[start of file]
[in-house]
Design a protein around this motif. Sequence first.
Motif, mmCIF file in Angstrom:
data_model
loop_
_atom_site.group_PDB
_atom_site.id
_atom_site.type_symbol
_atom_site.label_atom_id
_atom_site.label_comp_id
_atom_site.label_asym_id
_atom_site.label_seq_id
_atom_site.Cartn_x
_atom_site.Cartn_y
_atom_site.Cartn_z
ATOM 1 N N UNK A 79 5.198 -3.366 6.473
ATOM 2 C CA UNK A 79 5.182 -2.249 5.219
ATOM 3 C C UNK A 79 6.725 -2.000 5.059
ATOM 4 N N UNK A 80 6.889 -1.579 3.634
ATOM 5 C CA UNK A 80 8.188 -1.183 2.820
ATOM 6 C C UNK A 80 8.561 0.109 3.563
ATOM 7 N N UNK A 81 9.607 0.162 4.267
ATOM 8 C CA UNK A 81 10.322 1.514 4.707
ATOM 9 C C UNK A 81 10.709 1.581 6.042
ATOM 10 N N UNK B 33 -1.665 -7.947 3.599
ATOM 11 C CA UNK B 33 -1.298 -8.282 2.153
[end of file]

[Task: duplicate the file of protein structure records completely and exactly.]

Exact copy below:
[in-house]
Design a protein around this motif. Sequence first.
Motif, mmCIF file in Angstrom:
data_model
loop_
_atom_site.group_PDB
_atom_site.id
_atom_site.type_symbol
_atom_site.label_atom_id
_atom_site.label_comp_id
_atom_site.label_asym_id
_atom_site.label_seq_id
_atom_site.Cartn_x
_atom_site.Cartn_y
_atom_site.Cartn_z
ATOM 1 N N UNK A 79 5.198 -3.366 6.473
ATOM 2 C CA UNK A 79 5.182 -2.249 5.219
ATOM 3 C C UNK A 79 6.725 -2.000 5.059
ATOM 4 N N UNK A 80 6.889 -1.579 3.634
ATOM 5 C CA UNK A 80 8.188 -1.183 2.820
ATOM 6 C C UNK A 80 8.561 0.109 3.563
ATOM 7 N N UNK A 81 9.607 0.162 4.267
ATOM 8 C CA UNK A 81 10.322 1.514 4.707
ATOM 9 C C UNK A 81 10.709 1.581 6.042
ATOM 10 N N UNK B 33 -1.665 -7.947 3.599
ATOM 11 C CA UNK B 33 -1.298 -8.282 2.153